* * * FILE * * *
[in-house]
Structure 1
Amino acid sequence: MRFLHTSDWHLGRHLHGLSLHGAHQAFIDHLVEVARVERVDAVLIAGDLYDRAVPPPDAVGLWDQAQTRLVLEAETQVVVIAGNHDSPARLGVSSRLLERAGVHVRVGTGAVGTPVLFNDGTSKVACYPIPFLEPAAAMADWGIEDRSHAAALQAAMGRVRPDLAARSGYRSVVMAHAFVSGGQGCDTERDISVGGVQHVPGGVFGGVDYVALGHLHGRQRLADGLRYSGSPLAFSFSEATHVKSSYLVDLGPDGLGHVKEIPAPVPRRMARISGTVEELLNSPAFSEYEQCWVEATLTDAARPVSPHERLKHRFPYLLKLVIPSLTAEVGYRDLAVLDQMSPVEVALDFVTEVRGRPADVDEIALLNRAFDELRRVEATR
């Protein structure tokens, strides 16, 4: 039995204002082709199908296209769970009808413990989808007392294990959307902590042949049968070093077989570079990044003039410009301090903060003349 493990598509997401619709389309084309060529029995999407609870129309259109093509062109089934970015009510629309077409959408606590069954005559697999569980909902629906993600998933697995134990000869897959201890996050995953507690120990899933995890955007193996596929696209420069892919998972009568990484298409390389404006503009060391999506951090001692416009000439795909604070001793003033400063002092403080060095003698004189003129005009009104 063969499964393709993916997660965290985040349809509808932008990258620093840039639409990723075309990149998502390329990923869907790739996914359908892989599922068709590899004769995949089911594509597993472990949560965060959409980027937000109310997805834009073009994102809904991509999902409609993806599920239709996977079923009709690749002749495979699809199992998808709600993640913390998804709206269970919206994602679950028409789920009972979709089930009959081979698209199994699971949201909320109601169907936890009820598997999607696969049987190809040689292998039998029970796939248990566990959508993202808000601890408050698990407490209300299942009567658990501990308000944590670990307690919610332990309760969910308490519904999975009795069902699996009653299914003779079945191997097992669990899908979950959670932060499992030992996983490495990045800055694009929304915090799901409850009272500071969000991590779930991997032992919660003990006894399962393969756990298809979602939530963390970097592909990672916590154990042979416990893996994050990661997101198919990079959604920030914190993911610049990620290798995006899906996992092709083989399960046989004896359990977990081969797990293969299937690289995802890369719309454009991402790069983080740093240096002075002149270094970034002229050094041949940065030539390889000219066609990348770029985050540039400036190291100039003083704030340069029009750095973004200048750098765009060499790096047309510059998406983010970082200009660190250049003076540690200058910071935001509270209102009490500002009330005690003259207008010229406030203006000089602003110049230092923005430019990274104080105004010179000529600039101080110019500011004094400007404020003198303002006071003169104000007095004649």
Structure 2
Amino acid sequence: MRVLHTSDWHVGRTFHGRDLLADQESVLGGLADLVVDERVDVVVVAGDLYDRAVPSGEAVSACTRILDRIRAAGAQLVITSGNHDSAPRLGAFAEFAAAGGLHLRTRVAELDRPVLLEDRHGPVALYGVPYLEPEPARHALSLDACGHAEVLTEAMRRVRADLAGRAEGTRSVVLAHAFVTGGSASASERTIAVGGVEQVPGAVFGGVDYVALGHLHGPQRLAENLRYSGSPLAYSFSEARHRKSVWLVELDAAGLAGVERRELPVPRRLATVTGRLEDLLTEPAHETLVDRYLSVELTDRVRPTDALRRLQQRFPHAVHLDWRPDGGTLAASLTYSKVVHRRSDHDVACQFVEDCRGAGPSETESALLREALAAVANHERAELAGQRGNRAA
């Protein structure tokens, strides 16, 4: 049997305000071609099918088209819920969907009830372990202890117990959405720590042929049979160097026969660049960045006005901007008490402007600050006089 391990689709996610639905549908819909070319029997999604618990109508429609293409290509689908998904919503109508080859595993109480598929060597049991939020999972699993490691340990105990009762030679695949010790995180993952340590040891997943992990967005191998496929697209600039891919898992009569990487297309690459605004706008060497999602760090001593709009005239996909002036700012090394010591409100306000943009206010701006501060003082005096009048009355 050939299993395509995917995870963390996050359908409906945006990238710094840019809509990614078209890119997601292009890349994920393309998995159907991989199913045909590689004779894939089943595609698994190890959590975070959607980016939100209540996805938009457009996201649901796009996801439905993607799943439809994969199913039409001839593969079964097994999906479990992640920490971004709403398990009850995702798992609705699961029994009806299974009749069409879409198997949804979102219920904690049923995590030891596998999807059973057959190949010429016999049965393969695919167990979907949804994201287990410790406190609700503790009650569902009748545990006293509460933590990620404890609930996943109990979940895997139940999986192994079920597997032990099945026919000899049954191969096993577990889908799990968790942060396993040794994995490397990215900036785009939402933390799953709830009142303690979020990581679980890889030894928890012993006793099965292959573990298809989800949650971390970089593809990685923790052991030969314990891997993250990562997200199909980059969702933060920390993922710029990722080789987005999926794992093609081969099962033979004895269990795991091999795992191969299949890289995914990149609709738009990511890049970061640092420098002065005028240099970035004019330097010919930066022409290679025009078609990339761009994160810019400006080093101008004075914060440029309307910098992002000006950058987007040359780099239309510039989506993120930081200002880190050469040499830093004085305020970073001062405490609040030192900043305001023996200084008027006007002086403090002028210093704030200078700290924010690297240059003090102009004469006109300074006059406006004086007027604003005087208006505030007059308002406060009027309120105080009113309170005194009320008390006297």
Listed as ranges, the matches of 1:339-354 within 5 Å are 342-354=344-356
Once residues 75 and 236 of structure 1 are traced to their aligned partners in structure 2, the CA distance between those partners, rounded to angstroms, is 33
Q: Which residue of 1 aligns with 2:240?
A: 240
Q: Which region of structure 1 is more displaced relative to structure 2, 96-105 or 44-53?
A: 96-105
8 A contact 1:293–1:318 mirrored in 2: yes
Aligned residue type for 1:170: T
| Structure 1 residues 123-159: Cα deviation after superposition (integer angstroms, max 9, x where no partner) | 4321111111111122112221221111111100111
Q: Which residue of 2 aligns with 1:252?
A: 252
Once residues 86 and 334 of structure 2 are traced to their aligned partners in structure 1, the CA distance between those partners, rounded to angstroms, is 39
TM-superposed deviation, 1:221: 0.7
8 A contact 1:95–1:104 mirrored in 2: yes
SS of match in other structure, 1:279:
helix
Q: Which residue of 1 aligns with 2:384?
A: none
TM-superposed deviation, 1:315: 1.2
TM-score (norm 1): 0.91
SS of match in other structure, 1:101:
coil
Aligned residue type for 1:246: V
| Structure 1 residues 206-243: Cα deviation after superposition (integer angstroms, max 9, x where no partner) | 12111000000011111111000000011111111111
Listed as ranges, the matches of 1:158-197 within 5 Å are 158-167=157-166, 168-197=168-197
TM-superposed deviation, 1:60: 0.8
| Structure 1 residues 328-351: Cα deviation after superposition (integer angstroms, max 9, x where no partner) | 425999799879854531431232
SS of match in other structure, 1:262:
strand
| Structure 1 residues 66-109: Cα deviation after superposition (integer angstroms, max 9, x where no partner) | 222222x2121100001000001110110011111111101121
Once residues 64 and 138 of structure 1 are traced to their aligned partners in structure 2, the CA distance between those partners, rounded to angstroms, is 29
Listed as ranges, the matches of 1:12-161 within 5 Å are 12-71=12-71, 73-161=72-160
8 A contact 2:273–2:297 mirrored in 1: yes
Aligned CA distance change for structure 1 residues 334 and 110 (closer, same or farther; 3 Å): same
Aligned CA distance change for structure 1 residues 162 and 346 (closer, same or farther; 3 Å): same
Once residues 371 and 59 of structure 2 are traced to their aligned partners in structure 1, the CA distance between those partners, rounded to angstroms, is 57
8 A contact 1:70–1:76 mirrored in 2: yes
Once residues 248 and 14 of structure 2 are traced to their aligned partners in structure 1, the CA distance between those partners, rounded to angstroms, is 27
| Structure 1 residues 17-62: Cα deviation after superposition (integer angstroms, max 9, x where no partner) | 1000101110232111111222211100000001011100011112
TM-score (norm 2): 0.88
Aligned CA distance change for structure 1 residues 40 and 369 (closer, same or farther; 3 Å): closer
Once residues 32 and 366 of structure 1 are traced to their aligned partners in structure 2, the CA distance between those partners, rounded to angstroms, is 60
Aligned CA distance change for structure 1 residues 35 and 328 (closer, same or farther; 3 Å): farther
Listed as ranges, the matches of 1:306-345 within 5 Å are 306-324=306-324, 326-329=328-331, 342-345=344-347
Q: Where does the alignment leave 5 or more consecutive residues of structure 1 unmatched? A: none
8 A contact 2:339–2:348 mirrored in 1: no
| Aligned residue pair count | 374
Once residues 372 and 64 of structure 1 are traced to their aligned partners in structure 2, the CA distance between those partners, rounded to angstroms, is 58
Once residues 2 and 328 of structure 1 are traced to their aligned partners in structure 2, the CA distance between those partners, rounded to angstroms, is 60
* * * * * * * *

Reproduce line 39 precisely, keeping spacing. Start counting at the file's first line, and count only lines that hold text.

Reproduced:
Listed as ranges, the matches of 1:12-161 within 5 Å are 12-71=12-71, 73-161=72-160